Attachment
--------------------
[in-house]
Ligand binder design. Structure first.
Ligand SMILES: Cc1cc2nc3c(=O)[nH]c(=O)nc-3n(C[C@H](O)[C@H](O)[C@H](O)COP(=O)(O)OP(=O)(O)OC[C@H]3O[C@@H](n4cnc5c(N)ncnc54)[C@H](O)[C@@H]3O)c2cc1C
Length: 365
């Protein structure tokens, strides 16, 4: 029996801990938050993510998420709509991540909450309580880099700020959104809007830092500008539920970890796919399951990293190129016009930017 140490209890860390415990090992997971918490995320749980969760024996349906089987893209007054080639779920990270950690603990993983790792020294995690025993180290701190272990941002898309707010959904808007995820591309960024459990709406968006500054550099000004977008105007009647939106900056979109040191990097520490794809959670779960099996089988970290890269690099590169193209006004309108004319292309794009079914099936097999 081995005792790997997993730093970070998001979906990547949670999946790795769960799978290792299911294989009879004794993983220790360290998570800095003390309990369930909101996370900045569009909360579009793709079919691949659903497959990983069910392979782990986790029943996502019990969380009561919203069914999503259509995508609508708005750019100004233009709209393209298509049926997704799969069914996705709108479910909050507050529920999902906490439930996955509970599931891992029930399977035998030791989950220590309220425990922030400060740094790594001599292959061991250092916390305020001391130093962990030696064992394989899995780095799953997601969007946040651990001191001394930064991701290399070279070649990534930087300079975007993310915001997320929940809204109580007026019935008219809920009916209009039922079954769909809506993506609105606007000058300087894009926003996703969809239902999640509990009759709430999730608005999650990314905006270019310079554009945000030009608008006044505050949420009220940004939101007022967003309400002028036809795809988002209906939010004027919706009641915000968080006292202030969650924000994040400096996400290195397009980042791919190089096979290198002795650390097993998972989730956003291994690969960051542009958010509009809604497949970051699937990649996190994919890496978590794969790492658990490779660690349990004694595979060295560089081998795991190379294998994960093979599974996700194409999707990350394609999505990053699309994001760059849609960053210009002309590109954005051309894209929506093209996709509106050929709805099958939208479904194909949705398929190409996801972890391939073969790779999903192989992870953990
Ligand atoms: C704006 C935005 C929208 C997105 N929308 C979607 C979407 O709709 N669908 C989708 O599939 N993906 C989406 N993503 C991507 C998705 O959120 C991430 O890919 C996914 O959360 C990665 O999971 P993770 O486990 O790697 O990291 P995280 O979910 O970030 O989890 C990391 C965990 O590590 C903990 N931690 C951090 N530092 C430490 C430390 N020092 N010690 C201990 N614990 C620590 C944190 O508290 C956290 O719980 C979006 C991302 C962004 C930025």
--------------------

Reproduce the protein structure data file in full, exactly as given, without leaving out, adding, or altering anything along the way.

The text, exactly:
[in-house]
Ligand binder design. Structure first.
Ligand SMILES: Cc1cc2nc3c(=O)[nH]c(=O)nc-3n(C[C@H](O)[C@H](O)[C@H](O)COP(=O)(O)OP(=O)(O)OC[C@H]3O[C@@H](n4cnc5c(N)ncnc54)[C@H](O)[C@@H]3O)c2cc1C
Length: 365
């Protein structure tokens, strides 16, 4: 029996801990938050993510998420709509991540909450309580880099700020959104809007830092500008539920970890796919399951990293190129016009930017 140490209890860390415990090992997971918490995320749980969760024996349906089987893209007054080639779920990270950690603990993983790792020294995690025993180290701190272990941002898309707010959904808007995820591309960024459990709406968006500054550099000004977008105007009647939106900056979109040191990097520490794809959670779960099996089988970290890269690099590169193209006004309108004319292309794009079914099936097999 081995005792790997997993730093970070998001979906990547949670999946790795769960799978290792299911294989009879004794993983220790360290998570800095003390309990369930909101996370900045569009909360579009793709079919691949659903497959990983069910392979782990986790029943996502019990969380009561919203069914999503259509995508609508708005750019100004233009709209393209298509049926997704799969069914996705709108479910909050507050529920999902906490439930996955509970599931891992029930399977035998030791989950220590309220425990922030400060740094790594001599292959061991250092916390305020001391130093962990030696064992394989899995780095799953997601969007946040651990001191001394930064991701290399070279070649990534930087300079975007993310915001997320929940809204109580007026019935008219809920009916209009039922079954769909809506993506609105606007000058300087894009926003996703969809239902999640509990009759709430999730608005999650990314905006270019310079554009945000030009608008006044505050949420009220940004939101007022967003309400002028036809795809988002209906939010004027919706009641915000968080006292202030969650924000994040400096996400290195397009980042791919190089096979290198002795650390097993998972989730956003291994690969960051542009958010509009809604497949970051699937990649996190994919890496978590794969790492658990490779660690349990004694595979060295560089081998795991190379294998994960093979599974996700194409999707990350394609999505990053699309994001760059849609960053210009002309590109954005051309894209929506093209996709509106050929709805099958939208479904194909949705398929190409996801972890391939073969790779999903192989992870953990
Ligand atoms: C704006 C935005 C929208 C997105 N929308 C979607 C979407 O709709 N669908 C989708 O599939 N993906 C989406 N993503 C991507 C998705 O959120 C991430 O890919 C996914 O959360 C990665 O999971 P993770 O486990 O790697 O990291 P995280 O979910 O970030 O989890 C990391 C965990 O590590 C903990 N931690 C951090 N530092 C430490 C430390 N020092 N010690 C201990 N614990 C620590 C944190 O508290 C956290 O719980 C979006 C991302 C962004 C930025």